iPhone 4 is the first redesign to hit the iPhone since 2008's iPhone 3G. Back then some users complained it was a ploy to make them buy new accessories. When iPhone 3GS landed in 2009 with essentially the same design, other users complained Apple was stale and unimaginative.
Cardfan in our forums says he wishes Apple had kept the iPhone 3GS/iPhone 3G design for another year as it's more comfortable to hold and less nerve-wracking to put down.
Personally I like the new look. It's all back-to-the-future, Leica industrial and Dieter Rams chic. The glass is a concern but it also seems more fully realized and more in keeping with Apple's product line in general.
So what do you think? Design win or fail? Vote in the poll and give us the details in the comments.
With the iPhone 4 now available, many people want to use that gorgeous retina display to begin reading books on the go via iBooks. We have looked at iBooks on the iPhone 3GS and on the iPad. How does iBooks compare on the iPhone 4?
The TiPb forums are naturally a great place to talk, commiserate, celebrate, get help, and offer advice to your fellow iPhone users. In order to create a new thread of your own or reply to any of the existing threads, you must be a registered member. Becoming a member is easy and free so if you haven’t already head on over and register now!
Apple has announced that from launch through Saturday, June 26 they've sold 1.7 million iPhone 4s.
“This is the most successful product launch in Apple’s history,” said Steve Jobs, Apple’s CEO. “Even so, we apologize to those customers who were turned away because we did not have enough supply.”
1.7 million with ordering problems, not enough stock to meet demand for many who showed up without a reservation, almost no advertising yet from Apple, and a launch restricted to just a handful of countries.
Full review of iPhone 4: Apple's attempt to re-revolutionize the iPhone
Reviewing iPhone 4 is a challenge. It has been hailed by Apple as the greatest leap forward since the original iPhone 2G and dismissed by critics as just another iterative rehash. iPhone 4 has a new look. Polished stainless steel bound by sleekly laminated layers of glass, it harkens back to the heydays of Leica and Braun and might just be the iPhone Apple has always dreamed of making. Yet having glass front and back and the antenna array banded along the side could end up being as much functional loss as it is form win.
iPhone 4 also ships with Apple's latest software, iOS 4. It brings features such as multitasking and folders, unified inbox and threaded email, and FaceTime video calling. Each of these come with limitations however, that while making them nearly effortless for new users to pick up, ensure power users will retain a level of frustration with the platform.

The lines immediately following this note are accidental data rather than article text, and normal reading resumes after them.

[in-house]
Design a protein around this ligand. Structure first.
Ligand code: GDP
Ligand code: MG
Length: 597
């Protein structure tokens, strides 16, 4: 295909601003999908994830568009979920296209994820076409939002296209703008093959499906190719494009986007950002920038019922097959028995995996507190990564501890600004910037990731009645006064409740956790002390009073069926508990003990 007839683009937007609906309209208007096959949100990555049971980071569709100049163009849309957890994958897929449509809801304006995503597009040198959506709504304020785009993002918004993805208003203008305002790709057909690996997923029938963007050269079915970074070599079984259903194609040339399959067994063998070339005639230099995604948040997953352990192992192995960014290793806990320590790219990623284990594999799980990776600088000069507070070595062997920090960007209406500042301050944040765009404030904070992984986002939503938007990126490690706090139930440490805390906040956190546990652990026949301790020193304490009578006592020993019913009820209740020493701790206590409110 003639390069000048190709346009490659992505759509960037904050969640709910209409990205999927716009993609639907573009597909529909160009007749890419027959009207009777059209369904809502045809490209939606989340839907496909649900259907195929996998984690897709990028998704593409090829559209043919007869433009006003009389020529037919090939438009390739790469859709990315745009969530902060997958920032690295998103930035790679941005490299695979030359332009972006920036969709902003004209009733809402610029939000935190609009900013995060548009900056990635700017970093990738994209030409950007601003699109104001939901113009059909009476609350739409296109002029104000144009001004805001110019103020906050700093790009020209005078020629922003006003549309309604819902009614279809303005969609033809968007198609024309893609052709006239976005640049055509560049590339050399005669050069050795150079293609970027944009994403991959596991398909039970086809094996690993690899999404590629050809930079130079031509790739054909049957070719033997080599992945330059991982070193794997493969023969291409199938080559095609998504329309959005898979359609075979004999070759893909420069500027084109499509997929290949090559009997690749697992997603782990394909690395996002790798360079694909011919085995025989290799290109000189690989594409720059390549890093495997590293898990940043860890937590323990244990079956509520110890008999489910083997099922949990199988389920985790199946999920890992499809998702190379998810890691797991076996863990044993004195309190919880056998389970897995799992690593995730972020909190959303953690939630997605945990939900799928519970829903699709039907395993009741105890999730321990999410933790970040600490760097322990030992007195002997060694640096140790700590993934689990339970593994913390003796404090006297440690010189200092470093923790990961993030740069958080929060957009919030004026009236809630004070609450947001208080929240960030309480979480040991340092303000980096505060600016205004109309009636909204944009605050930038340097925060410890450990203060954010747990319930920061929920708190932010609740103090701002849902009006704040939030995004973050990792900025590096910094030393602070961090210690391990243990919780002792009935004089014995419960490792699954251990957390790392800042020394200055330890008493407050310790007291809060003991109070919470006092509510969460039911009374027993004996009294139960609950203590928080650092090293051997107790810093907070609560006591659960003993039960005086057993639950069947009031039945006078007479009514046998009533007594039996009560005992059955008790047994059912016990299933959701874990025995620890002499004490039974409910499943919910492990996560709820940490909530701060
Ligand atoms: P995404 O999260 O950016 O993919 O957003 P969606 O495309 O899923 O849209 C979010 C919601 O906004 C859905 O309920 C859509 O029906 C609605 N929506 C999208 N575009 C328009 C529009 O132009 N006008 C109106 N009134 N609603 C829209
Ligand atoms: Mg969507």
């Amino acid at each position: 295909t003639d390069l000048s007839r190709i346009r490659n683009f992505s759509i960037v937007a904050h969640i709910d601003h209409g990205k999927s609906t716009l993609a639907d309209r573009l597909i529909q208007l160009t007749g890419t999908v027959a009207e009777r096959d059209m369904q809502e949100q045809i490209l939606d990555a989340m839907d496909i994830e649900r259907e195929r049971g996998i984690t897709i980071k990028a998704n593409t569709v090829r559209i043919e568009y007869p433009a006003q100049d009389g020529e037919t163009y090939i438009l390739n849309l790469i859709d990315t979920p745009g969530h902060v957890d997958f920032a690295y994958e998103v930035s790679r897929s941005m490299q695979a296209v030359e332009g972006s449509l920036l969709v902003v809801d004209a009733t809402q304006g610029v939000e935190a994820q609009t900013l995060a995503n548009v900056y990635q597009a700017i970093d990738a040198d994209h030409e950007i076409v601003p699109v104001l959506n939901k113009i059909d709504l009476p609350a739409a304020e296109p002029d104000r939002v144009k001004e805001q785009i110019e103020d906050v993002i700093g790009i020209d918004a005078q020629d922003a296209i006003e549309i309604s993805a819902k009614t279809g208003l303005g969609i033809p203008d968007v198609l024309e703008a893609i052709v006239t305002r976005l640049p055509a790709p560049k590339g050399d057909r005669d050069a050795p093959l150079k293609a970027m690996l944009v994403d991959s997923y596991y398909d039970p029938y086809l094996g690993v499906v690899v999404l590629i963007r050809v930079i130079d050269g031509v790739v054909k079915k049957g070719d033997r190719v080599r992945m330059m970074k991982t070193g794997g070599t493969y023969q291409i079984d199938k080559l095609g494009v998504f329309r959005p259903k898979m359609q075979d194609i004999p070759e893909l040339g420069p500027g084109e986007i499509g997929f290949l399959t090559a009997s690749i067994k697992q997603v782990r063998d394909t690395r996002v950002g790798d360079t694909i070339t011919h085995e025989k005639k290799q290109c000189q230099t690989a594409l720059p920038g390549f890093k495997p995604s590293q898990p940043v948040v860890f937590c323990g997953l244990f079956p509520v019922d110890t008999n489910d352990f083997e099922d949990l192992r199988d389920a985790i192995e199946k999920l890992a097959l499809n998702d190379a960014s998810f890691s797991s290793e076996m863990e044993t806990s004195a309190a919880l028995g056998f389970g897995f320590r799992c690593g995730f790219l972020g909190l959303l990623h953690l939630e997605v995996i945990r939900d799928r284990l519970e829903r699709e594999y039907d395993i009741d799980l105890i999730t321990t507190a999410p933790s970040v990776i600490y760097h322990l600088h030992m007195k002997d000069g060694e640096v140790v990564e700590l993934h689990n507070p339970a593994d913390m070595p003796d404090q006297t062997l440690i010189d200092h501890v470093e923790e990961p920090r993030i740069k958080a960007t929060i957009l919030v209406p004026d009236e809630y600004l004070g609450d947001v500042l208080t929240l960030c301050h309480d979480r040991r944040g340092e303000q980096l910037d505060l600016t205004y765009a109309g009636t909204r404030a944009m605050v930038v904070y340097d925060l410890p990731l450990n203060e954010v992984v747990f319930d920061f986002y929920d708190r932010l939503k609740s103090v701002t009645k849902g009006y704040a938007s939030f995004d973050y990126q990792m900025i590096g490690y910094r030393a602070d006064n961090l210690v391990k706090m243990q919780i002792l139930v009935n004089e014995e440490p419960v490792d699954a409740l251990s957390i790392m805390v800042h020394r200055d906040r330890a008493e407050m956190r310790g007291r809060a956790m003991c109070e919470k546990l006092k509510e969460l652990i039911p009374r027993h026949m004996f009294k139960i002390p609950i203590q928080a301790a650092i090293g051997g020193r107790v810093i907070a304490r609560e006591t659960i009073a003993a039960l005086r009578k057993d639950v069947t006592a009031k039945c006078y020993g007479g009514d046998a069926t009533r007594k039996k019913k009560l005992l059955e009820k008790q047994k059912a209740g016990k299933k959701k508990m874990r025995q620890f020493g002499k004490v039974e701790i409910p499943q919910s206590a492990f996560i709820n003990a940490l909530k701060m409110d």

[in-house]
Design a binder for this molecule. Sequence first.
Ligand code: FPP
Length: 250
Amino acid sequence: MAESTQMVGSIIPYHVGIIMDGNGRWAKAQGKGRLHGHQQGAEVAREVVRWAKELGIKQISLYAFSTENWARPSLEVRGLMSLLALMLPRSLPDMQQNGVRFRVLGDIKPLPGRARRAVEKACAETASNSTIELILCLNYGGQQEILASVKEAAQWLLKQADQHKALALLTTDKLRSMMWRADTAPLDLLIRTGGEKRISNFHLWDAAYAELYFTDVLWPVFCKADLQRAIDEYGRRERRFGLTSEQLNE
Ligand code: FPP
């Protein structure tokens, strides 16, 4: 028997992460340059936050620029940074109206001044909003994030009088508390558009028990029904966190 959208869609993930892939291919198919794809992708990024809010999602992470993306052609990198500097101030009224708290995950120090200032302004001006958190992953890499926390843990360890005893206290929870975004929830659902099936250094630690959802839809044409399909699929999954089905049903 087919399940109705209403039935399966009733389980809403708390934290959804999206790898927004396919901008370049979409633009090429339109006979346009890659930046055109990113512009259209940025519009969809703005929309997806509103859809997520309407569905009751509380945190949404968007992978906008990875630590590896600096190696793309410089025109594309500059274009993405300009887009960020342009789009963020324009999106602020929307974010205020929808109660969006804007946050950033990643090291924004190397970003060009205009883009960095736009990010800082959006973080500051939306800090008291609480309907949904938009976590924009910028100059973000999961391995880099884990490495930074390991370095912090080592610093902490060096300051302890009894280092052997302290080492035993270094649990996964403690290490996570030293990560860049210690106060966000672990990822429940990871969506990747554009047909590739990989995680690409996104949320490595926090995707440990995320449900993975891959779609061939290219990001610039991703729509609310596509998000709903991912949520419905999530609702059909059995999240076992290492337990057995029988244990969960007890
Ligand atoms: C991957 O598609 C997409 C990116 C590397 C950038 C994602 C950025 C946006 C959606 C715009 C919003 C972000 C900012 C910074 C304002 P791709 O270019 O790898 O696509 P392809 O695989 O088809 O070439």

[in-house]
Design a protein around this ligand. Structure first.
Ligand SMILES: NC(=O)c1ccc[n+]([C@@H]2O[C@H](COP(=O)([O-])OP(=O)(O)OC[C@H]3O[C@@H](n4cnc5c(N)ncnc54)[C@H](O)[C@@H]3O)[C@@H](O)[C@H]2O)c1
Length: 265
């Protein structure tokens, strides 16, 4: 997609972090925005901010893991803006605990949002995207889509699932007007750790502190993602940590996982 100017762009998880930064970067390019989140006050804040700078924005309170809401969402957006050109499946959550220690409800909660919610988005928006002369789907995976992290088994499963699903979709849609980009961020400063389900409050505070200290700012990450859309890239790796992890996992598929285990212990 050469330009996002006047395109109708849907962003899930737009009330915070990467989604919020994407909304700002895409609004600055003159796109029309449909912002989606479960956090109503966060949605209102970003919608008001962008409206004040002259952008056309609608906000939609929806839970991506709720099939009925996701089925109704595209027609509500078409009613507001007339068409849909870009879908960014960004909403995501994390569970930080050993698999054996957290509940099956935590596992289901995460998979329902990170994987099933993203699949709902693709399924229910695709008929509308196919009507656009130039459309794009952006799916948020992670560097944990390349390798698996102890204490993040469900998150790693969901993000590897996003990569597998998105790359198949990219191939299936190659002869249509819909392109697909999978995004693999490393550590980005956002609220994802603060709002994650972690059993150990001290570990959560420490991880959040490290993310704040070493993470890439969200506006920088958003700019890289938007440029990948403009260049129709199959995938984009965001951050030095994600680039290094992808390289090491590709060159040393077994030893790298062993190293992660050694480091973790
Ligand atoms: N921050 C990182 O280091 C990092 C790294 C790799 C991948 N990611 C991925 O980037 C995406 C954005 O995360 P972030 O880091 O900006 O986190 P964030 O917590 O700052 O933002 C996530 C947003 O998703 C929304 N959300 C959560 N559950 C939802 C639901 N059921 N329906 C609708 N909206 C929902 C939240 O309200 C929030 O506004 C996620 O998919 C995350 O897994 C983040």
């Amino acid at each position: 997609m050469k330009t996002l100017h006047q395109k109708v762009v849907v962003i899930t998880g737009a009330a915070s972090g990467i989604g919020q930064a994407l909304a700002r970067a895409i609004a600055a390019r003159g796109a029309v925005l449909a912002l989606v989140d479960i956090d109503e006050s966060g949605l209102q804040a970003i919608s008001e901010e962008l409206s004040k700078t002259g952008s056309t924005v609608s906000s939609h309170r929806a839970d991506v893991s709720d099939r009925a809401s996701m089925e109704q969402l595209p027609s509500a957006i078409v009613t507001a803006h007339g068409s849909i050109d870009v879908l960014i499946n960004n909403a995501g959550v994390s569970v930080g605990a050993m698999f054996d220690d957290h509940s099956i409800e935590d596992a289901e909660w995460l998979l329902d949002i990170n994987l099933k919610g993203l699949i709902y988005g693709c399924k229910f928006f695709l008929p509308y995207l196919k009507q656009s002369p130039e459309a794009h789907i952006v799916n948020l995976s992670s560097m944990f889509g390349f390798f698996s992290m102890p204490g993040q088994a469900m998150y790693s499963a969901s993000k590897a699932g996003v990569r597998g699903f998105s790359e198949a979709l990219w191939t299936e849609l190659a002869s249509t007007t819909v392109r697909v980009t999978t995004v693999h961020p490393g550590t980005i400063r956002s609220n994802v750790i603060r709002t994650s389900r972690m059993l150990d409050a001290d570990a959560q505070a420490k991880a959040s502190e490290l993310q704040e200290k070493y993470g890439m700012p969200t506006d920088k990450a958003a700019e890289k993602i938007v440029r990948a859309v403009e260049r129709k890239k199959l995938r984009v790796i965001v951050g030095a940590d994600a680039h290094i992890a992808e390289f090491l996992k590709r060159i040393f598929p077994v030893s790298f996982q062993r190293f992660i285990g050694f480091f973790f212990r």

Like every one of Apple's iOS products before it, iPhone 4 is going to be as divisive and controversial as it is popular and passionately embraced. Some of you will be looking at it, iPhone 3GS, 3G, or even 2G still in hand, wondering if its worth the upgrade. Others may be looking across from Android or BlackBerry, webOS or Windows Phones, trying to figure out if its finally time to make the switch (or come back).
So is it? Read on as TiPb goes hands-on with Apple's latest hardware and software to help you decide.
Update: The Verizon iPhone 4 has finally shipped and there are some differences and new options. Check out our full Verizon iPhone Review for all the details!
Some of you have had your iPhone 4 over the weekend now, plenty of time to try out Apple's "one more thing" for 2010 -- FaceTime.
Have you made any FaceTime video calls? Many? Can you see this becoming part of your routine? Is it a fad destined only for geeks and sexting 2.0 er... long distance romances? Is it the next great step in communications or just the next great scandal for some poor hollywood star?
You know the drill -- weigh in above, give us the details below.
Amazon has announced Kindle Editions with Audio/Video and it looks like the only way you can get it right now is on iPhone and iPad. Kindle Editions with Audio/Video:
allows readers to enjoy the benefits of embedded video and audio clips in Kindle books. The first books to take advantage of this new technology, including Rick Steves' London by Rick Steves and Together We Cannot Fail by Terry Golway, are available in the Kindle Store